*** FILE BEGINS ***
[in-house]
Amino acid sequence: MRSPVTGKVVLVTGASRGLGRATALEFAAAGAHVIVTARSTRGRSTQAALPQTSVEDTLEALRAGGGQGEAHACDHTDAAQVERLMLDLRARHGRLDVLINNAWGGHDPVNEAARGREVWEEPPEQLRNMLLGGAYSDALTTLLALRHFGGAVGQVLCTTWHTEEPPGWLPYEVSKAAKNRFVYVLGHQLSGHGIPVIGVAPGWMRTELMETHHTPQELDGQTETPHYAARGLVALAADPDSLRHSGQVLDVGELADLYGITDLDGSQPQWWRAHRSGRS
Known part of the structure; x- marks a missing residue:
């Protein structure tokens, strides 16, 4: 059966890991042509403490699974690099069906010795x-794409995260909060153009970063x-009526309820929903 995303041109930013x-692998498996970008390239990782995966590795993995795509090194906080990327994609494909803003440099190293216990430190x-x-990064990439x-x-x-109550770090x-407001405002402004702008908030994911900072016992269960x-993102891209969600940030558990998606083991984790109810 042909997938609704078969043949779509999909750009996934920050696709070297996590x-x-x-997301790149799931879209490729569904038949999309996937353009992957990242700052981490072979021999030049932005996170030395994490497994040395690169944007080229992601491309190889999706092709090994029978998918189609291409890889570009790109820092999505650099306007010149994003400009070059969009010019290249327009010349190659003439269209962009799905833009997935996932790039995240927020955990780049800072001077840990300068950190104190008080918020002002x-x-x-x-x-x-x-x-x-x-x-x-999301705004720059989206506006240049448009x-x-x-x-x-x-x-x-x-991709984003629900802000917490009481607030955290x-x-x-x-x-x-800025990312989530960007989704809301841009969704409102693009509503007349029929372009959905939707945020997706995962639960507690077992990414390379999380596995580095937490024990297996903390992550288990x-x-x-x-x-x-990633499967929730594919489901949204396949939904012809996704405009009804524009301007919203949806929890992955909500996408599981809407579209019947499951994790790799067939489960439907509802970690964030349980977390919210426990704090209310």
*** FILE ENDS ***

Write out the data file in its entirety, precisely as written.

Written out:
[in-house]
Amino acid sequence: MRSPVTGKVVLVTGASRGLGRATALEFAAAGAHVIVTARSTRGRSTQAALPQTSVEDTLEALRAGGGQGEAHACDHTDAAQVERLMLDLRARHGRLDVLINNAWGGHDPVNEAARGREVWEEPPEQLRNMLLGGAYSDALTTLLALRHFGGAVGQVLCTTWHTEEPPGWLPYEVSKAAKNRFVYVLGHQLSGHGIPVIGVAPGWMRTELMETHHTPQELDGQTETPHYAARGLVALAADPDSLRHSGQVLDVGELADLYGITDLDGSQPQWWRAHRSGRS
Known part of the structure; x- marks a missing residue:
């Protein structure tokens, strides 16, 4: 059966890991042509403490699974690099069906010795x-794409995260909060153009970063x-009526309820929903 995303041109930013x-692998498996970008390239990782995966590795993995795509090194906080990327994609494909803003440099190293216990430190x-x-990064990439x-x-x-109550770090x-407001405002402004702008908030994911900072016992269960x-993102891209969600940030558990998606083991984790109810 042909997938609704078969043949779509999909750009996934920050696709070297996590x-x-x-997301790149799931879209490729569904038949999309996937353009992957990242700052981490072979021999030049932005996170030395994490497994040395690169944007080229992601491309190889999706092709090994029978998918189609291409890889570009790109820092999505650099306007010149994003400009070059969009010019290249327009010349190659003439269209962009799905833009997935996932790039995240927020955990780049800072001077840990300068950190104190008080918020002002x-x-x-x-x-x-x-x-x-x-x-x-999301705004720059989206506006240049448009x-x-x-x-x-x-x-x-x-991709984003629900802000917490009481607030955290x-x-x-x-x-x-800025990312989530960007989704809301841009969704409102693009509503007349029929372009959905939707945020997706995962639960507690077992990414390379999380596995580095937490024990297996903390992550288990x-x-x-x-x-x-990633499967929730594919489901949204396949939904012809996704405009009804524009301007919203949806929890992955909500996408599981809407579209019947499951994790790799067939489960439907509802970690964030349980977390919210426990704090209310």